Whether or not you realize it, print volume at a typical office is increasing by 10 to 15 percent annually. In fact, network printing costs are the largest unaudited expense in business today. According to industry sources, 1 to 3 percent of corporate revenue is spent on internal printing.
Ned Bergen, vice president of sales at Toshiba Business Solutions, says many businesses are focused primarily on their copiers’ flashy features and cost-per-page, overlooking their other document output devices, like printers, scanners and fax machines.
“On average, for every copy-based product you have, you’ll have four to eight printers,” Bergen says. “You’re only looking at a small slice of the pie.”
However, analytical programs can provide an enterprise-wide assessment of your document production.
Smart Business spoke with Bergen about how evaluating your company’s document usage could reveal costly inefficiencies.
How can using an enterprise-wide document output strategy benefit a company?
The benefits begin with significant cost reduction. You get a technology refresh right-sizing of your technology fleet based on today’s demands and the needs of the current work force. Right-sizing your technology while offering significant cost savings is more appealing than ever.
What steps are involved in a document output analysis?
The first step is to select a document management partner and establish mutual goals along the lines of cost-cutting, technology refresh and workflow analysis, such as moving from paper-based processes to digital business processes.
It requires executive sponsorship because it’s about changing business processes, not about how many bells and whistles a new printer has, or how many pages per minute the copier can do.
Then, the document management partner would do a physical walk-through of the facility and inventory of all the output devices. Next, the partner compiles the hard costs involved with all the devices and reviews some of the soft costs, like labor.
A quality document management partner will set the goals, do the assessment, do an inventory of the devices, interview the users, and then quantify what their needs are. Then that partner will create the baseline based on the current inventory of devices’ usage and cost.
In many cases, businesses do not have all the pieces of the cost puzzle. A good partner will be able to supply them with verifiable street pricing on the cost to run these different devices.
At this point, you have figured out document volume. From there, you can identify fleet needs and end cost. Then you can compare that to national benchmarks and determine how many print devices per employee exist in that organization compared to national benchmarks - how much volume is being done per employee.
Then, ultimately, you can identify any areas in which the current technology fleet is not satisfying the needs of the staff.
What mistakes do you tend to find businesses making during the ‘diagnosis’ part of the document analysis?
Many people don’t know what their costs are. If your company has 100 employees with 10 departments, each department may be buying their own sets of supplies.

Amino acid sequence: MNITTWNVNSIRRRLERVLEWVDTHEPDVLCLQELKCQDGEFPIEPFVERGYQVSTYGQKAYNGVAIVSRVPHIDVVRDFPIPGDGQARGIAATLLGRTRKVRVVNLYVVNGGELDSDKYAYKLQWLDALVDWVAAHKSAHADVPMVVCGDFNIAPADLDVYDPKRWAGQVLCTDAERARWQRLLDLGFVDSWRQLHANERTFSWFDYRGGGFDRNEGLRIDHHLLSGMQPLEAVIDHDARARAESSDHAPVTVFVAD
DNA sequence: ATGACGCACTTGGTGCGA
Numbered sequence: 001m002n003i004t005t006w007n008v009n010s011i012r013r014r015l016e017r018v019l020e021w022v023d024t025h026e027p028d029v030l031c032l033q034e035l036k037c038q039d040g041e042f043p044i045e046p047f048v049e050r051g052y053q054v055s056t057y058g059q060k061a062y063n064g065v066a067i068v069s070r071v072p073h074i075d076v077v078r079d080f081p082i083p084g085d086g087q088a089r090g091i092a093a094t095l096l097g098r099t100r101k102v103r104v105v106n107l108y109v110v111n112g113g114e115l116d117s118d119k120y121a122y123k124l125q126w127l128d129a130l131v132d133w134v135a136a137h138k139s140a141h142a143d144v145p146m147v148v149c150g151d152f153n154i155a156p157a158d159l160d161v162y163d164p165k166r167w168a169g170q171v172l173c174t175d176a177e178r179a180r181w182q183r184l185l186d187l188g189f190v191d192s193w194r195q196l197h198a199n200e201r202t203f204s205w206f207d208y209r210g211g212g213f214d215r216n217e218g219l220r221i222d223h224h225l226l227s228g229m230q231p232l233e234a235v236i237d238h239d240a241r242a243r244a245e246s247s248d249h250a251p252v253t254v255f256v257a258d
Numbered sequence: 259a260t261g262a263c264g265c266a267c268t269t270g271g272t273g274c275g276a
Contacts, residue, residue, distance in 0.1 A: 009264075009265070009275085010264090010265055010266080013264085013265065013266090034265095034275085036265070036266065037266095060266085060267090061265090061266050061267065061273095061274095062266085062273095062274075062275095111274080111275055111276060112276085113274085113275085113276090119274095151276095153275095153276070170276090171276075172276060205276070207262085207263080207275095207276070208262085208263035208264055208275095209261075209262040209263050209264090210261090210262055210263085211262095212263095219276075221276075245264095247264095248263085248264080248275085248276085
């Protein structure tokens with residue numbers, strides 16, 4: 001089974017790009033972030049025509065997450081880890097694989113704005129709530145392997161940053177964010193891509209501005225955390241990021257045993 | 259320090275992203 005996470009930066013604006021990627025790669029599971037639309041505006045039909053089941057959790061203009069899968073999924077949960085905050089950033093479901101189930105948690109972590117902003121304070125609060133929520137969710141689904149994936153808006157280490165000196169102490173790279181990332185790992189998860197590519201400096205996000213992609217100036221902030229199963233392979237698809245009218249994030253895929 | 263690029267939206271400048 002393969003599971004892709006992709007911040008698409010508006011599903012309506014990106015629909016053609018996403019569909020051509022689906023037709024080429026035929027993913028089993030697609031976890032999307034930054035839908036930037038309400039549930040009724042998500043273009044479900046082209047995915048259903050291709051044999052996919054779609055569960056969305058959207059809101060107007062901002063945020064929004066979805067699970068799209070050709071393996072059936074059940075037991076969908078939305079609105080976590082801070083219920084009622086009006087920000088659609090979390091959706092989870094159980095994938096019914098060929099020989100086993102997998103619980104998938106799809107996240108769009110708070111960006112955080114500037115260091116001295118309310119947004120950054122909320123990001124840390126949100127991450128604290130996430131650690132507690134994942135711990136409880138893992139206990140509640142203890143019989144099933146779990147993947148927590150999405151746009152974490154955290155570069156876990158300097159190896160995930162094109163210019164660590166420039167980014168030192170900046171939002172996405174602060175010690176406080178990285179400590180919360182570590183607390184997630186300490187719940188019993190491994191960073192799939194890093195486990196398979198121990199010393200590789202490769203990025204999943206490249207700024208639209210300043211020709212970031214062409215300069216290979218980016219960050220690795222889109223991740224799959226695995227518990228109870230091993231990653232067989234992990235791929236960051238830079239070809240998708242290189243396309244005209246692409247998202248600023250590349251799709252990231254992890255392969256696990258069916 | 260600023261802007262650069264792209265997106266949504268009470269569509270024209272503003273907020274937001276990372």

We’ve seen instances in which the same company is buying the same toner cartridge from three different vendors and at three different prices. It’s a decentralized purchase at a department level. The low incremental cost of each component makes the process seem insignificant. Most people in the organization could put a $100 cartridge on their expense account. But, if you have six or seven different people in the organization ordering 10 or 15 of them a month, you could be spending $5,000 to $8,000 a month in print supplies alone.
Another part of the diagnosis is analyzing color usage. Color inkjet printers are a classic example of giving you the razor for free if you buy the blades. There’s a reason why people are giving you these free printers to put on everyone’s desk. The cost per page is extraordinarily high.
Also, multi-function printers are significantly less expensive to operate per page in both black and color ink. Single-function printers can cost three to 10 times more per page than these larger multi-function devices.
There is no doubt that a low-cost or free printer may cost you more than it should, and give you lower-quality results than you need.
What happens after the ‘diagnosis’ part of the document analysis?
The ‘prescription’ part of the analogy the optimized solution. Your document management partner will show you how their recommendation dovetails with your corporate goals and provide solutions for any areas that might be significantly outside national cost and usage benchmarks.
Of course, that has to be balanced with the organization’s workflow. The logistics of the workflow has to be kept in mind as well. For example, you can’t just put one big multifunction device in the middle of a large building and tell everyone to walk there.
Next, your document management partner would make a recommendation on right-sizing your fleet. It would likely be a combination of new multi-function print devices along with some current print devices. It’s important to note that an optimized technology placement strategy doesn’t mean you’re going to have to acquire all new technology.
Finally, you’ll see a comparison of current cost and proposed cost, which shows you the projected savings. Once the solution is implemented, periodic follow-ups will ensure that the new workflow processes and technologies are delivering the projected savings.